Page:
I'm very new to machine learning and pretty new to Mathematica, trying to implement a simple neural network that acts as a "XOR" gate. Here's my code:

net = NetChain[{LinearLayer[2], LogisticSigmoid, LinearLayer[], 
trained = NetTrain[net, {{1, 1} -> 0, {1, .8} -> 0, {0, .2} -> 0, {0, 
1} -> 1, {1, 0} -> 1, {0, 0} -> 0}];
trained[{.2, .8}, None]

I'm confused because this code produces different outputs when I run it multiple times. I would have thought that Mathematica would just use some sort of least squares algorithm to compute weights based on my input, but it seems that Mathematica is doing something much more complicated. Can you explain why this is happening? And can you explain how I might eliminate this indeterminacy?

  • 1
    $\begingroup$ I'm not sure how to answer this question without basically explaining how neural network training works - and there already are many good tutorials on that. In a nutshell: It's using (a form of) gradient descent from a random starting point. If you don't want that, neural networks are probably not the technology you want. $\endgroup$ Commented Nov 28, 2017 at 16:55
  • 2
    $\begingroup$ There is some stochasticity to it, yes. $\endgroup$ Commented Nov 28, 2017 at 21:22
  • $\begingroup$ Placing BlockRandom around the call to NetTrain makes things deterministic. $\endgroup$
    – Greg Hurst
    Commented Nov 29, 2017 at 3:16
  • $\begingroup$ @ChipHurst: in general, no. First, for GPU training, BlockRandom has no effect on cuDNN primitives at the moment. Second, there will almost always be some stochasticity due to all of our numerics being completely parallelized (things like numeric addition are not associative, meaning slightly different answers are gotten if parallel threads do things in different orders). $\endgroup$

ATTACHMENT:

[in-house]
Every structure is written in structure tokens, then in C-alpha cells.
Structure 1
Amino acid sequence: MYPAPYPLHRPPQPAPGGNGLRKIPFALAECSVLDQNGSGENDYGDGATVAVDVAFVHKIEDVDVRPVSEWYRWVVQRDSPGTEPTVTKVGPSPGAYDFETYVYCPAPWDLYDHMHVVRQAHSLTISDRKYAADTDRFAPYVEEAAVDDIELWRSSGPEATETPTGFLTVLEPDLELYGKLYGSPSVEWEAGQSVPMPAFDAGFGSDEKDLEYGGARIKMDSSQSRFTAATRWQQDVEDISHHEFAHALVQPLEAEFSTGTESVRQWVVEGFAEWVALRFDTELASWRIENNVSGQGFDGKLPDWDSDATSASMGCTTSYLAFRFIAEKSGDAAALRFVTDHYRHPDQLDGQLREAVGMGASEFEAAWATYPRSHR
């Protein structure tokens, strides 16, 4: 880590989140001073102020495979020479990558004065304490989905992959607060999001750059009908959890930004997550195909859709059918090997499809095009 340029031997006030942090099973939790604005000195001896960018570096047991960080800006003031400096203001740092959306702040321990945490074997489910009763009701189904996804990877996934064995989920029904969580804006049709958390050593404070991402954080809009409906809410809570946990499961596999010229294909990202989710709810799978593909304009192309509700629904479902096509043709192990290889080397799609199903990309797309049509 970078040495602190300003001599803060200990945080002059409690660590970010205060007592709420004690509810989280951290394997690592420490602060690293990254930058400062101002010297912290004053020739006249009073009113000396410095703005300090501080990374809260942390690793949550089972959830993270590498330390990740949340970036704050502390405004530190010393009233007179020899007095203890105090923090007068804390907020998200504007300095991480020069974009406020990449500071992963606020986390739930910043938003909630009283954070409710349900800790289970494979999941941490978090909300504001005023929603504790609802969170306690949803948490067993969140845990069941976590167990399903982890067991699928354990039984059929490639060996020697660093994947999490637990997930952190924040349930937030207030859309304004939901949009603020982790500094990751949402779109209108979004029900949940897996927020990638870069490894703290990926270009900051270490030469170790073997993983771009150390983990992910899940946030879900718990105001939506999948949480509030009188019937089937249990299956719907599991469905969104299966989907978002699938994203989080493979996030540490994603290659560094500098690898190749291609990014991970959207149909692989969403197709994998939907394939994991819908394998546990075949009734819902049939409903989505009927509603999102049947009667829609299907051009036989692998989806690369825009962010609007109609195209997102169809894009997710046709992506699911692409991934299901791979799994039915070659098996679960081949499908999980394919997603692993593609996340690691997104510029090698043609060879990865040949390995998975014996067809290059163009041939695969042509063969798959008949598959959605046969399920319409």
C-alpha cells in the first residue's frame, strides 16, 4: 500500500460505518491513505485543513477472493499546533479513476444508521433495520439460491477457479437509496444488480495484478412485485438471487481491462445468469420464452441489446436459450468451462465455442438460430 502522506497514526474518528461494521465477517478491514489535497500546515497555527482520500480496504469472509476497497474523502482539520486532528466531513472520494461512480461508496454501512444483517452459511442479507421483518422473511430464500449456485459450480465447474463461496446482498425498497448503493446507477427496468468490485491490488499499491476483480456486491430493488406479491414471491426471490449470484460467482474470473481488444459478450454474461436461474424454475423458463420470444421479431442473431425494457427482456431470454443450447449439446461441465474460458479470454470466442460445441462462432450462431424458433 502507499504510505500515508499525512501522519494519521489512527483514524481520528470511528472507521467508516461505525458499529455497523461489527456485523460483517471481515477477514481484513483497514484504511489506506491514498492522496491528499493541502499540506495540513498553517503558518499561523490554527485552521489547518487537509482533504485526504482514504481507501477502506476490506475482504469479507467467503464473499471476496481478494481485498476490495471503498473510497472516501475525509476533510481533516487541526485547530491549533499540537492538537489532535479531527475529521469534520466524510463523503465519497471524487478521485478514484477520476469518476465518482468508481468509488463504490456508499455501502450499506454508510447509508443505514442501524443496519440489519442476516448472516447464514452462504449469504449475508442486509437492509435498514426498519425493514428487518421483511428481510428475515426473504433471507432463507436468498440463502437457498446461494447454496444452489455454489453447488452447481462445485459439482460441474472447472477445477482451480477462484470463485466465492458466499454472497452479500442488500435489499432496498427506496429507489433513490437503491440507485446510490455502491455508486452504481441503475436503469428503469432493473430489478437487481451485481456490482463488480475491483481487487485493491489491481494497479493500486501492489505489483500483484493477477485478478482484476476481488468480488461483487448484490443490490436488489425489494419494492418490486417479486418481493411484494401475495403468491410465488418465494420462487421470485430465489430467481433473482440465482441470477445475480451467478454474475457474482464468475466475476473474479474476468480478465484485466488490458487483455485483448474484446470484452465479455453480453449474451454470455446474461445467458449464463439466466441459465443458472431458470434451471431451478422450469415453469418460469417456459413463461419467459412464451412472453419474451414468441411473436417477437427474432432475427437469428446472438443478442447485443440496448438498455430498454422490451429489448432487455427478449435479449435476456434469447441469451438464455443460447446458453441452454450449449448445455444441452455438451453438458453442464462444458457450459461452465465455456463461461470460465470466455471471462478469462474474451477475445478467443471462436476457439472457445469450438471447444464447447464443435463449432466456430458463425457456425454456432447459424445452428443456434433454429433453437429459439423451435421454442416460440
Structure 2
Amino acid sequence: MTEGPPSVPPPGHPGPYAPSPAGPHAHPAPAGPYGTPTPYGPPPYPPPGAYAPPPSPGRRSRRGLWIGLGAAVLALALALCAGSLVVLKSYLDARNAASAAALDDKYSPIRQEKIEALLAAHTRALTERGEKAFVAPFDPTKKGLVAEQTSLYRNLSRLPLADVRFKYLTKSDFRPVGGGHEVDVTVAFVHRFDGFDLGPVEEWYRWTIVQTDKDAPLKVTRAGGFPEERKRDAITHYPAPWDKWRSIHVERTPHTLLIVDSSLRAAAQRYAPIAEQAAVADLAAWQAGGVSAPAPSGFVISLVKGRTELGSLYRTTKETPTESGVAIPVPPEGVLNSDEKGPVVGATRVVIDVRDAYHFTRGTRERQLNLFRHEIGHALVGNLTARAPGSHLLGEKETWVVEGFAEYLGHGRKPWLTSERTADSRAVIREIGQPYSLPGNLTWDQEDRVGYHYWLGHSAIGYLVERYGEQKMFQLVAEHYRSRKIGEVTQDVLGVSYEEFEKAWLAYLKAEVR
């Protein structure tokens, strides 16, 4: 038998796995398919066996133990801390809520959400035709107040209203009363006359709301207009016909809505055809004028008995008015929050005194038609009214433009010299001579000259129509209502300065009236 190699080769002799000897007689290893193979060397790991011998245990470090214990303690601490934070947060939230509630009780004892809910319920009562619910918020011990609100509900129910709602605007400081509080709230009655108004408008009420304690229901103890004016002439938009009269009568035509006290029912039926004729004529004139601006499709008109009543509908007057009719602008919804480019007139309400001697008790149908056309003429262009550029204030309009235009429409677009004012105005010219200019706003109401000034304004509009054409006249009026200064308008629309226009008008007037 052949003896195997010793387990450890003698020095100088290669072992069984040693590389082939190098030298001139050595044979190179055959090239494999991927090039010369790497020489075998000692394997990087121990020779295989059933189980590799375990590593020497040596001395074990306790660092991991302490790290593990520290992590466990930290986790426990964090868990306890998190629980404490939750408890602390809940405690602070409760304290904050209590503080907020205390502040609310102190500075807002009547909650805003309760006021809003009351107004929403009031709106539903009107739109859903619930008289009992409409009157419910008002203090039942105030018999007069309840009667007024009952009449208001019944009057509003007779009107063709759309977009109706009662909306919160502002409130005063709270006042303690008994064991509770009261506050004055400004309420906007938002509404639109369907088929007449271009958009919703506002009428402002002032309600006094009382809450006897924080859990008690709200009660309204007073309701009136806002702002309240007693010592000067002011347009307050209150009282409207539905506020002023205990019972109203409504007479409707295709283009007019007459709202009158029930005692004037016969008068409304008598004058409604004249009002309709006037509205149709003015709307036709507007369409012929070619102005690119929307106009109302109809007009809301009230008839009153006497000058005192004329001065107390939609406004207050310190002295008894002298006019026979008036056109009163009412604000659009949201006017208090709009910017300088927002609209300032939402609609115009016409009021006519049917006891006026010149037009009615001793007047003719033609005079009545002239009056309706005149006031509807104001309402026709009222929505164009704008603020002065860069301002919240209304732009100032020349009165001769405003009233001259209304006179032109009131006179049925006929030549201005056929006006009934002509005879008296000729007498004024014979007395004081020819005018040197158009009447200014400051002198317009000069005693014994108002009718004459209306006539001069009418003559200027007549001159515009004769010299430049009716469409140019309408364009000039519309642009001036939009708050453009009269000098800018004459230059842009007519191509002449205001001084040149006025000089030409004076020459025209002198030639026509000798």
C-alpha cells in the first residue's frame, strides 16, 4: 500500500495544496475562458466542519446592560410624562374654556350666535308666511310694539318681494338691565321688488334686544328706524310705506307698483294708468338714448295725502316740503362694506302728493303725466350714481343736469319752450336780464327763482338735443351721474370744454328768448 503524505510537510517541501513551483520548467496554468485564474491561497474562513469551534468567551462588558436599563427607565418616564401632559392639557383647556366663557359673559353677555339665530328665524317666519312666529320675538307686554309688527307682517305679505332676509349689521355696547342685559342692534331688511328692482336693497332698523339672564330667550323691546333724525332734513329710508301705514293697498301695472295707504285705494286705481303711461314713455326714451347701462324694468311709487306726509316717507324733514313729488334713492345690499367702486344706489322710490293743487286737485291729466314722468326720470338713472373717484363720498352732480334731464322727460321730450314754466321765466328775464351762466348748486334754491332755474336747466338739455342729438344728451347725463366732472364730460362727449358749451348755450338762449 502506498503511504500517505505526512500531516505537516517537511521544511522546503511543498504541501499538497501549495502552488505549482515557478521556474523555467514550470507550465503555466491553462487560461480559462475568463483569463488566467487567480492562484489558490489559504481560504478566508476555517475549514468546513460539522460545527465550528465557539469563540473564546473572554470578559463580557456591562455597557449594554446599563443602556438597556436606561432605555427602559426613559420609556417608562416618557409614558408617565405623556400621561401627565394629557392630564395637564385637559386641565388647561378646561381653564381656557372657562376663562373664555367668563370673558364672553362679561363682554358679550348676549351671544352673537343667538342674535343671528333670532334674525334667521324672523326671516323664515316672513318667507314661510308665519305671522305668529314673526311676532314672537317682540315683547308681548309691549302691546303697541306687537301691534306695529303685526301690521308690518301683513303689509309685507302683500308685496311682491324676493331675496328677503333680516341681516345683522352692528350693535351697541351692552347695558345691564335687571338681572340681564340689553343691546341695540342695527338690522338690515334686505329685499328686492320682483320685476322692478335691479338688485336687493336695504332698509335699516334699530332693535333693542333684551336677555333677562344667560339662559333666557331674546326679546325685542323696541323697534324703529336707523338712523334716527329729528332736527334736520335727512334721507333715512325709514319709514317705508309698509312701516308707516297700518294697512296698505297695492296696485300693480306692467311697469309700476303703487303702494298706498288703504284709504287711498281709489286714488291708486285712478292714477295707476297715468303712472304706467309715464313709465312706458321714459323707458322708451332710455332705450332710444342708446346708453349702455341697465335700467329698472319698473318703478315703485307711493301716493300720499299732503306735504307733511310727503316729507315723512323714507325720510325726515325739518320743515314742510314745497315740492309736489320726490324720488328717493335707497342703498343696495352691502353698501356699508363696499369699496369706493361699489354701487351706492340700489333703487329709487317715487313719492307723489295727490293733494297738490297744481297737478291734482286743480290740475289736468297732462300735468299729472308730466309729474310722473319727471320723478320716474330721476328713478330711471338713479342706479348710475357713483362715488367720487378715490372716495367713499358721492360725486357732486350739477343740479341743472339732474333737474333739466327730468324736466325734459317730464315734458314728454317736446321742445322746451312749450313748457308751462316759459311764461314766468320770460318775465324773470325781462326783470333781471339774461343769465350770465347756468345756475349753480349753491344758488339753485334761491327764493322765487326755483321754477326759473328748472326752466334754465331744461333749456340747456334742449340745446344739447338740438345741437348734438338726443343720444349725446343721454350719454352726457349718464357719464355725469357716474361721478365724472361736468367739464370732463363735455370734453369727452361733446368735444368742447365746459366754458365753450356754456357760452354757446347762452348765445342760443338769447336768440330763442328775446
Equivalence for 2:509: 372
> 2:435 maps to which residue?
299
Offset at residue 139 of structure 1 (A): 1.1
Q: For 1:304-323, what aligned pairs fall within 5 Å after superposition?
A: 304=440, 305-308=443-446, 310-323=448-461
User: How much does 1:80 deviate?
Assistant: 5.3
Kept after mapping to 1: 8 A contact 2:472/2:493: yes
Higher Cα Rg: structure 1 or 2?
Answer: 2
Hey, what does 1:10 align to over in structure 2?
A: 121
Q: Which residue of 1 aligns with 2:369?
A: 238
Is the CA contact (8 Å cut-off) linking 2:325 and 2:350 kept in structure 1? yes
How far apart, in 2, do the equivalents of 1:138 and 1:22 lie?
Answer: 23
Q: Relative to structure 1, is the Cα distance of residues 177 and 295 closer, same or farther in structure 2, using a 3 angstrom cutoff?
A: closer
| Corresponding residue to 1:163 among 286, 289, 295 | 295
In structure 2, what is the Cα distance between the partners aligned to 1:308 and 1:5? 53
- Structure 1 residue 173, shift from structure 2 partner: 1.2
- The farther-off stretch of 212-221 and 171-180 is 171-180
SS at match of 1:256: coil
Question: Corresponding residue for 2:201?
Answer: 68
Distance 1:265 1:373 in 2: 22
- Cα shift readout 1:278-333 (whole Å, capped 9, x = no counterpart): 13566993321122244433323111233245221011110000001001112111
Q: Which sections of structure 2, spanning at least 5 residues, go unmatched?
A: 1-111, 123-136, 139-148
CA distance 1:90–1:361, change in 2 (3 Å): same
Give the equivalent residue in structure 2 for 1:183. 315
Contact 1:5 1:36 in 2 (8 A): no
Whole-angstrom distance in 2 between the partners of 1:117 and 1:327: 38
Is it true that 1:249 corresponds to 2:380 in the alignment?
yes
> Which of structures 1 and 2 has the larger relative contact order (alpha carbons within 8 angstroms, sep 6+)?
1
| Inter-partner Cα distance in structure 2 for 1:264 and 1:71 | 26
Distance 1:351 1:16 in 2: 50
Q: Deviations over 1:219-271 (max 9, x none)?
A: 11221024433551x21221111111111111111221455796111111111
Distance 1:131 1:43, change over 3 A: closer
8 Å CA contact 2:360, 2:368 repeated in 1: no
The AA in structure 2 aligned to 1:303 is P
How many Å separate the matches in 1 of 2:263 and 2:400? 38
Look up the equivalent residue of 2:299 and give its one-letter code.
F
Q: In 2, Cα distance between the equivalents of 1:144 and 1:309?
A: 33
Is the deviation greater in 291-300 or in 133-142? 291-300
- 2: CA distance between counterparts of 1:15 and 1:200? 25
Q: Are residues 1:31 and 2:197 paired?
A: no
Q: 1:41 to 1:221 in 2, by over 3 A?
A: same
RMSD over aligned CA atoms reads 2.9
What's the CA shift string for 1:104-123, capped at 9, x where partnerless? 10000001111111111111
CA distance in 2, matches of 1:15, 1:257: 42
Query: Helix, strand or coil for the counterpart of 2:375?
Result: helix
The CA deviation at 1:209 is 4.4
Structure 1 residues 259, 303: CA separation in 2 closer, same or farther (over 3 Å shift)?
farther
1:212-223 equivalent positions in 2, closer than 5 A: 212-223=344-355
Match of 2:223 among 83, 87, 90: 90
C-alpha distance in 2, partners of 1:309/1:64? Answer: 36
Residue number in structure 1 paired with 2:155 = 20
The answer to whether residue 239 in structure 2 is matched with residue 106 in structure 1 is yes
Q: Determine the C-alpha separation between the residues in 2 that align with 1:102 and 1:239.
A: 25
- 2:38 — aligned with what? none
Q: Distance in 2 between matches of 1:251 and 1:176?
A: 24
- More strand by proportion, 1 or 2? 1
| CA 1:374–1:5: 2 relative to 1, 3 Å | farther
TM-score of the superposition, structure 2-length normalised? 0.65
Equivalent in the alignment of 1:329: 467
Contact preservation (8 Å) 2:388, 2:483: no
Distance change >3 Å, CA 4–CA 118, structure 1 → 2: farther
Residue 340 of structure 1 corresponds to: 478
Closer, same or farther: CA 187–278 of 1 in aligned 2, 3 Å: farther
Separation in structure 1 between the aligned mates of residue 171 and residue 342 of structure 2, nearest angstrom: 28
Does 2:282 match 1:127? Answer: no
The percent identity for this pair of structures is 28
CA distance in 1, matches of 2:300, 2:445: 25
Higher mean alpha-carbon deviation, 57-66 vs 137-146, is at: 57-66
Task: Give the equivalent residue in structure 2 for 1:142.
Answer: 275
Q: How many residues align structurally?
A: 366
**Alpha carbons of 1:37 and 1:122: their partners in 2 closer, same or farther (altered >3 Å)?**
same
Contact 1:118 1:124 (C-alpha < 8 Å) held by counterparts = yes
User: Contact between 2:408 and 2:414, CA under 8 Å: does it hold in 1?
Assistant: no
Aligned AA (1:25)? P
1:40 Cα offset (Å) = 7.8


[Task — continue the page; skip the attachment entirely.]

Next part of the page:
– Sebastian
    Commented Dec 7, 2017 at 17:41
  • $\begingroup$ @Sebastian I guess I left this comment because Equal @@ Table[BlockRandom[(* OP's code *)], 10] returns True on my machine. $\endgroup$
    – Greg Hurst
    Commented Dec 7, 2017 at 22:22

1 Answer 1

  1. The weights and biases of neural networks must be initialized. Setting them all to zero is a bad idea from a machine learning point of view. So, often they are initialized randomly. See the Mathematica documentation for NetInitialize for more information or disabling random initialization.

  2. Training networks often employ stochastic processes, such as ADAM Optimizer which is the default for Mathematica.

Therefore, initialization and optimization have randomness hidden in them, leading to different trained nets everytime you create and train them.

  • $\begingroup$ If you need a deterministic example of a neural network, I can cook up something for you. Just let me know. $\endgroup$
    – Miladiouss
    Commented Nov 29, 2017 at 1:42

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